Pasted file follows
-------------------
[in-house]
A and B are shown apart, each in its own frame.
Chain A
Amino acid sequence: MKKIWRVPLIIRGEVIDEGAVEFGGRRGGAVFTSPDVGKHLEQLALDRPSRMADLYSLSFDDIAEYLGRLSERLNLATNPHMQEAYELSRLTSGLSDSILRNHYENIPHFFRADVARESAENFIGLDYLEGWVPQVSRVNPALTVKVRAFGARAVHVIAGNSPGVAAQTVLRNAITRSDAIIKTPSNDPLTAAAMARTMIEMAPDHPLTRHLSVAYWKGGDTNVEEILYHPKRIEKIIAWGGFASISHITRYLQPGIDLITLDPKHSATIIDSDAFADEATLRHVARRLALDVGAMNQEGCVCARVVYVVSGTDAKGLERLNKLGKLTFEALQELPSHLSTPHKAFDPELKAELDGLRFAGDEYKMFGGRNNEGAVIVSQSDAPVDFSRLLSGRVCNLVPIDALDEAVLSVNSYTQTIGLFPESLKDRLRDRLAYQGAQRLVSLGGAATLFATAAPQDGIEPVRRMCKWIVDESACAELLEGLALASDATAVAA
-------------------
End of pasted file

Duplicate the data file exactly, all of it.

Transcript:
[in-house]
A and B are shown apart, each in its own frame.
Chain A
Amino acid sequence: MKKIWRVPLIIRGEVIDEGAVEFGGRRGGAVFTSPDVGKHLEQLALDRPSRMADLYSLSFDDIAEYLGRLSERLNLATNPHMQEAYELSRLTSGLSDSILRNHYENIPHFFRADVARESAENFIGLDYLEGWVPQVSRVNPALTVKVRAFGARAVHVIAGNSPGVAAQTVLRNAITRSDAIIKTPSNDPLTAAAMARTMIEMAPDHPLTRHLSVAYWKGGDTNVEEILYHPKRIEKIIAWGGFASISHITRYLQPGIDLITLDPKHSATIIDSDAFADEATLRHVARRLALDVGAMNQEGCVCARVVYVVSGTDAKGLERLNKLGKLTFEALQELPSHLSTPHKAFDPELKAELDGLRFAGDEYKMFGGRNNEGAVIVSQSDAPVDFSRLLSGRVCNLVPIDALDEAVLSVNSYTQTIGLFPESLKDRLRDRLAYQGAQRLVSLGGAATLFATAAPQDGIEPVRRMCKWIVDESACAELLEGLALASDATAVAA